8. Design cable type lifeline system Allows workers to hook onto the structure

for tower structures and move up and down during future

9. Design window sills to be 42 inches above Eliminate need for fall protection during

floor construction and future maintenance

  1. Design permanent guardrails around Prevent workers from falling through skylights skylight

Tools for Design Professionals

There are a number of design aids available to design professionals. The Construction Industry Institute has developed over 400 design suggestions that could be used by design professional. These design practices have been incorporated into a computer design toolbox that can be purchased from CII. Visit their website at
The Health and Safety Executive in the United Kingdom has developed several documents that aid designers in designing for safety. These documents are available at Safety professionals in Australia have created a tool called Construction Hazard Assessment Implication Review (CHAIR). Its goal is to identify risks in a design as soon as possible. Visit the CHAIR website at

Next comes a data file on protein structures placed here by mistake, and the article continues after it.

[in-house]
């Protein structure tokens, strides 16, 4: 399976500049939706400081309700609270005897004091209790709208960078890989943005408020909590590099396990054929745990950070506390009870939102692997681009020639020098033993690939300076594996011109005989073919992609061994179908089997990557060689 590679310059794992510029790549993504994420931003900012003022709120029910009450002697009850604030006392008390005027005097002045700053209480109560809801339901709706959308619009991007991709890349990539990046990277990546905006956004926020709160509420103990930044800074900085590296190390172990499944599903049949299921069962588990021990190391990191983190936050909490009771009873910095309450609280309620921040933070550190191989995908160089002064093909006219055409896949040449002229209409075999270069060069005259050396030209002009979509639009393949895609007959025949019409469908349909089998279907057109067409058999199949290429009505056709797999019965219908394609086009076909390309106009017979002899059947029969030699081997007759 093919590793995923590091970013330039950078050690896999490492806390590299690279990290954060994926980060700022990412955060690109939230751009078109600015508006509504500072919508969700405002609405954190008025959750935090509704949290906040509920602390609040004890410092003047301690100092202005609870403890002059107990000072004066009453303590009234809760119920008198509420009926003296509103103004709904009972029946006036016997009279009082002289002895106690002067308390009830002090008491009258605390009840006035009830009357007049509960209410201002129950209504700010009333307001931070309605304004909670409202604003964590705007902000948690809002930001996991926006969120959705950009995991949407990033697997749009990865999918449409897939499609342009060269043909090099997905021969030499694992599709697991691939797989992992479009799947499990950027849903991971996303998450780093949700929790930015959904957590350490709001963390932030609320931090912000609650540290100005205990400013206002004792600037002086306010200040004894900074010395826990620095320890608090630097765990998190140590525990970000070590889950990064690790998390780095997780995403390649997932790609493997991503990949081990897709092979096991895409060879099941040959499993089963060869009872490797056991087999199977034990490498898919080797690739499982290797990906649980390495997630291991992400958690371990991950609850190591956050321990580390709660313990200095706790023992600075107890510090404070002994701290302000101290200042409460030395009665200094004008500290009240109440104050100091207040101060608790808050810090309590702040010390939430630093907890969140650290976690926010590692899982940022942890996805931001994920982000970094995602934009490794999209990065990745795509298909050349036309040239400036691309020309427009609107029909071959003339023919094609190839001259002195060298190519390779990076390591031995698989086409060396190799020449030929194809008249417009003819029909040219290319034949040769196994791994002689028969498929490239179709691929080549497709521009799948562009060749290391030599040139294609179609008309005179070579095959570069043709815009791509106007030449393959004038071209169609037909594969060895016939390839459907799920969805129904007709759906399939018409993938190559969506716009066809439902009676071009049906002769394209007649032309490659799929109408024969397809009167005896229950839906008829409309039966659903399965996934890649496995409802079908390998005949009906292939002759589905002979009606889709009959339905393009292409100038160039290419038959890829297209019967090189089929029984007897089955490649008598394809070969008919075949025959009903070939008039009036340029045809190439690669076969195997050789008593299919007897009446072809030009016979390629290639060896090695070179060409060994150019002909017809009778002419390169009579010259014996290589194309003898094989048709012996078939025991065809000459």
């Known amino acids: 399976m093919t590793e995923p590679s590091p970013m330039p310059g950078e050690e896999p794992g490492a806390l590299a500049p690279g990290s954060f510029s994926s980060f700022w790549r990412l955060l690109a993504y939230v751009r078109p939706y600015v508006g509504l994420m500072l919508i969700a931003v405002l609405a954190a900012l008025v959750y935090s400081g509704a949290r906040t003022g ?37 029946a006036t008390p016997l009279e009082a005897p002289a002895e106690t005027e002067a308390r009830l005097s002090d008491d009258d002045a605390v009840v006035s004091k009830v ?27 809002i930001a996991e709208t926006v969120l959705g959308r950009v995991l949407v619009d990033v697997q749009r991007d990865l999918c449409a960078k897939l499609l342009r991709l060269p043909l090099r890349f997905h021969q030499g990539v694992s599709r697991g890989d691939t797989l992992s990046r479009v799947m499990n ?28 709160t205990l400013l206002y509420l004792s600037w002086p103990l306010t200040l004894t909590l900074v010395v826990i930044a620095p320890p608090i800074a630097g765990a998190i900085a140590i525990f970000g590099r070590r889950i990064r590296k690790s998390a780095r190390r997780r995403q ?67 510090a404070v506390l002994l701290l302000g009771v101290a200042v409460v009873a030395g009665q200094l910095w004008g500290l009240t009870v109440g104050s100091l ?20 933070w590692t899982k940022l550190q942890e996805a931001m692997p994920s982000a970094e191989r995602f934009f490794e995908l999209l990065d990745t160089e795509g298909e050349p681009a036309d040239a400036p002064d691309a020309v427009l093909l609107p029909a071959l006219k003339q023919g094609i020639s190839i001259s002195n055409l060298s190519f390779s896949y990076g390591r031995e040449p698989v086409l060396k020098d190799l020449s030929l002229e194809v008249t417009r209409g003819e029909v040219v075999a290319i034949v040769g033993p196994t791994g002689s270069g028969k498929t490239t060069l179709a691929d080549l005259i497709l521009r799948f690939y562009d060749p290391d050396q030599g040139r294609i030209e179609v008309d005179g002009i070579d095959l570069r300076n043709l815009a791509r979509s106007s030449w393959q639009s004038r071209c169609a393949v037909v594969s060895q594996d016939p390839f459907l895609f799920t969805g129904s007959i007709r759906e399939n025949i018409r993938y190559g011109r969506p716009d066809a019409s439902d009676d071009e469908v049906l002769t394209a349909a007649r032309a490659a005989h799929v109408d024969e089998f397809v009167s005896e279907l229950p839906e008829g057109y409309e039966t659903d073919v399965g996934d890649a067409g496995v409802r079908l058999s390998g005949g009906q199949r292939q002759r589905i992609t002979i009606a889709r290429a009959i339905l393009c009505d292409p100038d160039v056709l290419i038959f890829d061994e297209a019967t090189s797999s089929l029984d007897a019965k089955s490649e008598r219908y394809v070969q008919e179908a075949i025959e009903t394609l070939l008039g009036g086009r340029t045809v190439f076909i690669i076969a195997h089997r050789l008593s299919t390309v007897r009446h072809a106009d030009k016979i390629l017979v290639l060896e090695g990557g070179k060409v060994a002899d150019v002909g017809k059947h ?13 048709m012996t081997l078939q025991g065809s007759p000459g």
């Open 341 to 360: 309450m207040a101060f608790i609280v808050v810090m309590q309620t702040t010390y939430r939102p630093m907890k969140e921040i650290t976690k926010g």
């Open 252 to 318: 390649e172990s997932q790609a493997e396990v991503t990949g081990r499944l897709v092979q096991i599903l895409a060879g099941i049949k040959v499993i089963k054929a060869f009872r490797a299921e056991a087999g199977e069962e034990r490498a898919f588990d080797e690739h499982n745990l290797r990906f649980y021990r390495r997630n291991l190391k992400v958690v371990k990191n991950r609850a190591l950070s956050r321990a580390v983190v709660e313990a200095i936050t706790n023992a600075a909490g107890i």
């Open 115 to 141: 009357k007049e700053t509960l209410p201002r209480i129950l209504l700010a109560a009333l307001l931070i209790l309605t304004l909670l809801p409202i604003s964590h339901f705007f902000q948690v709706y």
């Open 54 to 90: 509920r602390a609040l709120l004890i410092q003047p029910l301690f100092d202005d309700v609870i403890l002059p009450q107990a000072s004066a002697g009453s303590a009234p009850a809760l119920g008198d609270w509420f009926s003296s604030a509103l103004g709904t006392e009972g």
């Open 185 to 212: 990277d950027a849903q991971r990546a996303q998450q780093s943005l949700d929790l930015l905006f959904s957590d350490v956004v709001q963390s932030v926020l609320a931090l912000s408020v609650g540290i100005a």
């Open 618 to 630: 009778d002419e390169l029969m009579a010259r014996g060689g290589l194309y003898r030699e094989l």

Information can also be found at the the DfCS website

OSHA Support for DfCS to Reduce Construction Workers Accidents

Designing for Construction Worker Safety (DfCS) is actively supported by DOL-OSHA’s Alliance Program through the Designing for Safety workshops being held in Washington, DC. The workshop participants include representatives of OSHA’s Office of Outreach Services and Alliances (OOSA), OSHA’s Office of Construction services, ASSE, ASCE, the Washington Group, the Construction Management Association of America, Belfor USA, the Independent Electrical Contractors, the Sealing, Waterproofing and Restoration Institute, the Laborers Health and Safety Fund of North America, the International Association of foundation Drilling, and the International Safety Equipment Association. A generic power-point DfCS has been developed and is available that can be modified to suite the needs of any organization. Both a 2 to 4 hour and 10-hour training course for design professionals is currently being developed. Contact Jess McCluer, or LeeAnne Jillings, for more information on the Design for Construction Safety workshops.


Designing for Construction Worker Safety (DfCS) is an extension of the DFS process to construction projects. The potential to reduce construction accidents by addressing construction safety in the design and planning phase is an incentive for moving forward with this concept.